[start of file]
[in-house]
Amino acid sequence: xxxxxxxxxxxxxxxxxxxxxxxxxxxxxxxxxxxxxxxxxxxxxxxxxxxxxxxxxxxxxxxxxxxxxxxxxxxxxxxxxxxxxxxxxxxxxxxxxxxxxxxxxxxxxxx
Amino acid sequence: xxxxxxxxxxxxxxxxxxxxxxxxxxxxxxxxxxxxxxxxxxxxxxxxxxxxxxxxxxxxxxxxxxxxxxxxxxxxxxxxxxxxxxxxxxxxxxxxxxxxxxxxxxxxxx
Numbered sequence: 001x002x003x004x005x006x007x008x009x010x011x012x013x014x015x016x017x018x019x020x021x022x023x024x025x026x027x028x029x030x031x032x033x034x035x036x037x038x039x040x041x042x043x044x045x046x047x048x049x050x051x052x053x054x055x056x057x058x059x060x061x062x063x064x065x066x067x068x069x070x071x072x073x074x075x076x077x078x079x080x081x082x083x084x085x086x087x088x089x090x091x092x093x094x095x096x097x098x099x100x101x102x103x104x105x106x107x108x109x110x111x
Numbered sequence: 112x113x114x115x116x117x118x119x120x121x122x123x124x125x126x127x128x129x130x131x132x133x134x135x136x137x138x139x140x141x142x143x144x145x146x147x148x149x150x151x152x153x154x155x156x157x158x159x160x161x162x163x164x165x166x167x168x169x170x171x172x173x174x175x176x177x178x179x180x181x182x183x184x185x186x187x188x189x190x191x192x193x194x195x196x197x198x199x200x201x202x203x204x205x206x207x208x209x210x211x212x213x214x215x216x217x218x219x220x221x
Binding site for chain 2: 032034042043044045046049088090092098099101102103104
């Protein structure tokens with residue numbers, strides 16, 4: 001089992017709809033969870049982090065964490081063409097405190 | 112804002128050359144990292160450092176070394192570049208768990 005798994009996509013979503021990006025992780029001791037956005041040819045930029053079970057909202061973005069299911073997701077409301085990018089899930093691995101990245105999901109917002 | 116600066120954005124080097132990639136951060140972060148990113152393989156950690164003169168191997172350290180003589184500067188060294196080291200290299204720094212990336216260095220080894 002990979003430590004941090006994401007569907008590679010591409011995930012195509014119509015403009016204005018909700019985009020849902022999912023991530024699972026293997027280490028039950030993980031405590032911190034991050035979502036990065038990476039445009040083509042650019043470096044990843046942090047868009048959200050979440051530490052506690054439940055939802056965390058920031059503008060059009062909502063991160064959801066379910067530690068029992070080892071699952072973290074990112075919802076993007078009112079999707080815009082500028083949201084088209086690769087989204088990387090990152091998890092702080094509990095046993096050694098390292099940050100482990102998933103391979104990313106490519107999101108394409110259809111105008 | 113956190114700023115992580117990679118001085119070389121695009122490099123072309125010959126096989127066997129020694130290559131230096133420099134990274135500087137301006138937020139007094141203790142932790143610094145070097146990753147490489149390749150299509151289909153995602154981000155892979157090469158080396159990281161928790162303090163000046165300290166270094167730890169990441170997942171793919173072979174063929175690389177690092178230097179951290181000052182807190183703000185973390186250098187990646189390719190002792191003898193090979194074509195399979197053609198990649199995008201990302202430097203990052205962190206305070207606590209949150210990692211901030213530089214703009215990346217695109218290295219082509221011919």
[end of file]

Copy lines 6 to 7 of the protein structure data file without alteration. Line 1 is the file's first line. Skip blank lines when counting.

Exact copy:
Binding site for chain 2: 032034042043044045046049088090092098099101102103104
């Protein structure tokens with residue numbers, strides 16, 4: 001089992017709809033969870049982090065964490081063409097405190 | 112804002128050359144990292160450092176070394192570049208768990 005798994009996509013979503021990006025992780029001791037956005041040819045930029053079970057909202061973005069299911073997701077409301085990018089899930093691995101990245105999901109917002 | 116600066120954005124080097132990639136951060140972060148990113152393989156950690164003169168191997172350290180003589184500067188060294196080291200290299204720094212990336216260095220080894 002990979003430590004941090006994401007569907008590679010591409011995930012195509014119509015403009016204005018909700019985009020849902022999912023991530024699972026293997027280490028039950030993980031405590032911190034991050035979502036990065038990476039445009040083509042650019043470096044990843046942090047868009048959200050979440051530490052506690054439940055939802056965390058920031059503008060059009062909502063991160064959801066379910067530690068029992070080892071699952072973290074990112075919802076993007078009112079999707080815009082500028083949201084088209086690769087989204088990387090990152091998890092702080094509990095046993096050694098390292099940050100482990102998933103391979104990313106490519107999101108394409110259809111105008 | 113956190114700023115992580117990679118001085119070389121695009122490099123072309125010959126096989127066997129020694130290559131230096133420099134990274135500087137301006138937020139007094141203790142932790143610094145070097146990753147490489149390749150299509151289909153995602154981000155892979157090469158080396159990281161928790162303090163000046165300290166270094167730890169990441170997942171793919173072979174063929175690389177690092178230097179951290181000052182807190183703000185973390186250098187990646189390719190002792191003898193090979194074509195399979197053609198990649199995008201990302202430097203990052205962190206305070207606590209949150210990692211901030213530089214703009215990346217695109218290295219082509221011919």